A story of Miss Helen Keller and the Akitas that loved her….
The first Akita in the United States, was brought here by the renowned Helen Keller. In 1937 Ms. Keller and her companion, Ms. Polly Thomson embarked on an extended speaking tour taking them throughout much of Japan.
Ms. Keller was most highly revered by the Japanese people often being referred to as “Saint Keller…Saint of Three burdens…Miracle Saint…Miracle Hands…Great Heart of Love…Light of All Miracles…Sacred Light”. No foreign visitor had ever been met with such enthusiastic reception.
Included in Miss Kellers plans of regions to visit was the Akita district, she had learned of the legend of Hachi-Ko an Akita so revered by the Japanese people for his immense loyalty to his master that a bronze statue bearing the inscription of his story, graces that special place at Shibuya Station where he waited those many years for his master. Miss Keller loved large dogs and was very impressed with the Akita’s faithfulness. When she expressed the desire to meet (have) an Akita, action began to arrange for her to do so. A young Akita Police Department instructor, Master in the art of Kendo, Mr. Ichiro Ogasawara, who owned Akita dogs, was asked to arrange for Ms. Keller to get one.
Soon after having arranged for an adult dog to be taken to her, he learned it was not appropriate for her needs, so he decided his own new puppy, “Kamikaze-Go”, should be introduced to her. Miss Keller was so enchanted by this little goma colored puppy that with the agreement of his family, Mr. Ogasawara decided to make mikaze-Go a gift to Saint Keller and a formal presentation took place on June 14th, 1937, the pup then just 75 days old.
Miss Keller continued her lecturing tour knowing an Akita puppy awaited her. In early July fighting broke out between China and Japan escalating to full scale war near the end of the month, Miss Keller’s plans to visit China were cancelled and her tour cut short. On August 12, Ichiro Ogasawara himself presented Kamikaze-Go to Miss Keller on board the ship Chichibu Maru (named in honor of the Emperor’s brother), he had traveled down from Akita City to fulfill this honor.
Miss Keller later wrote of this moment: “His devoted master left him by my side, and I sensed it was with a wrench of his heart that he turned and went to shore. The puppy pathetically sniffed around the deck for the familiar footsteps. As the ship surged into a world he did not know, he transferred his trustful loyalty to me, and such a compliment from an Akita dog made me bow my head in humility.”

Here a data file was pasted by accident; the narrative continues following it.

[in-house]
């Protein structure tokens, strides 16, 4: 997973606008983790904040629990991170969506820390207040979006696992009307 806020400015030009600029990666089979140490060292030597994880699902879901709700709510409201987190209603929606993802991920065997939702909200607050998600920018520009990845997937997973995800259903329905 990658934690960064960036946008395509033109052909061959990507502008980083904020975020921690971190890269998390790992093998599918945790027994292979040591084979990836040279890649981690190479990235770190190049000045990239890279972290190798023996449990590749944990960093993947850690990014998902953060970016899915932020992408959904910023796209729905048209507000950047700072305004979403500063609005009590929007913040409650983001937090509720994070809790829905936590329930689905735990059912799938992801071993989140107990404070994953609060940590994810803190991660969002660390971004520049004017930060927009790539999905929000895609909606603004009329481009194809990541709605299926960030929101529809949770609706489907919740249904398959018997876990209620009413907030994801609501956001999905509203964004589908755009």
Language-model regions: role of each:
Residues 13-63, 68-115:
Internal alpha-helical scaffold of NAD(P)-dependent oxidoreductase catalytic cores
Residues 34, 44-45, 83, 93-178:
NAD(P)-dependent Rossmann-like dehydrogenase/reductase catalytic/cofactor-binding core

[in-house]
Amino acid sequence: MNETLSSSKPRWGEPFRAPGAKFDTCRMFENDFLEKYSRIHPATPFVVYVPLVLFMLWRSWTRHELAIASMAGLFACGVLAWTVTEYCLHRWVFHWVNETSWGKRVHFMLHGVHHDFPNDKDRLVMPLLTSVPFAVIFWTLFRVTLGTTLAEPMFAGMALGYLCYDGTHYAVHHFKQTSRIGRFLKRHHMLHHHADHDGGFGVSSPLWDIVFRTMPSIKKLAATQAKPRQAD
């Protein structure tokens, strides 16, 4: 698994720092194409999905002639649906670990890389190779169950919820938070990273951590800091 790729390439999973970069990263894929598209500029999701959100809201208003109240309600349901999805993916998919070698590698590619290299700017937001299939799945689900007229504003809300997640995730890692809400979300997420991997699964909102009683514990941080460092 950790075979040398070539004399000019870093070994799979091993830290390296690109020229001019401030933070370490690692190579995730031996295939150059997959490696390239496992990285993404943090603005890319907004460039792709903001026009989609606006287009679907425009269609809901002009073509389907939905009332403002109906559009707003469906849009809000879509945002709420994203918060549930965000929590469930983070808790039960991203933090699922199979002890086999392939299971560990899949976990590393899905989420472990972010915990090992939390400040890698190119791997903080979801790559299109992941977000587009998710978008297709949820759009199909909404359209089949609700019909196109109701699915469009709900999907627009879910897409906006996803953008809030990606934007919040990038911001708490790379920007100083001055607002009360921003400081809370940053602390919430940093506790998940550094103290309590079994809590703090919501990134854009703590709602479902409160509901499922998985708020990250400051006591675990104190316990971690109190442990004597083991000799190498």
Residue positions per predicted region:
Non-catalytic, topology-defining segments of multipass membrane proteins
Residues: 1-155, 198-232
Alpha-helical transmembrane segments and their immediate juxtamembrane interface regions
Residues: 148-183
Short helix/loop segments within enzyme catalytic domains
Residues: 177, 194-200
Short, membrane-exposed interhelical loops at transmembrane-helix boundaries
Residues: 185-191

“Kami” as he was soon nicknamed, shared Miss Keller’s stateroom on the journey and he quickly became the attention of all the passengers who showered him with attention. During the sixteen days of crossing a profound devotion developed between the two, Kami showed a special sensitivity to Miss Keller’s emotions as she related: “If I cried from loneliness for my beloved teacher, he would put his big paw on my knee and press his cool nose against my cheek and lick away the tears.” Miss Keller’s beloved teacher, Ann Sullivan, had died in October the year before.
Tragically, Miss Keller lost little “Kami” at the young age of 7 1/2 months to distemper. Her grief was so deep, in devastation she cried “….another joy has gone out of my life.” She wrote Mr. Ogasawara, in part: “If ever there was an angel in fur, it was Kamikaze. I know I shall never feel quite the same tenderness for any other pet…….”
Later, once again Mr. Ogasawara provided a special Akita for Miss Keller, this one was to be the beautiful golden red litter brother to Kamikaze named “Kenzan-Go”, he was over 24 inches tall and about 100 pounds.
Kenzan-Go was an “official gift of the Japanese Government” and it wasn’t until after Kenzan-Go’s arrival to a Brooklyn pier on the 1st day of July, 1939, as she departed to greet him, that Miss Keller learned of Ichiro Ogasawara’s gracious donation and of Kenzan-Go’s relation to her precious “Kami”. Miss Keller and Miss Thomson waited anxiously on the pier from midnight till midday for the precious cargo to be unloaded. The magnificent Akita came to her side, there to remain, as he knew it was for her he had journeyed.
Miss Keller often affectionately referred to him as “Go-Go”. Kenzan-Go settled in nicely to his new home with Miss Keller in Connecticut, he would move easily amongst her prized treasures from Japan, from jade carvings, elegant vases, objects of ivory and porcelain to beautiful rosewood and teak furniture, never even brushing against them.
Out of doors Go-Go would track fox or deer in the snow or break the ice in the brook with his paw to drink the cold water. In a letter to Mr. Ogasawara Miss Keller wrote: “a splendid protector and companion, and a precious part of my daily life”. She spoke of him as “all golden in the sun”, “his tail waving like a pine bough in the breeze.” She also wrote of his outdoor romps: “but he always came back telling me with his nose, ear and tail to play with him.”
Kenzan-Go loved, protected and delighted Miss Keller every day of his life as had his littermate the precious “KamiKaze-Go”, Akita brothers who shared a very special mission, to give the treasured joy of themselves to a most “special lady”.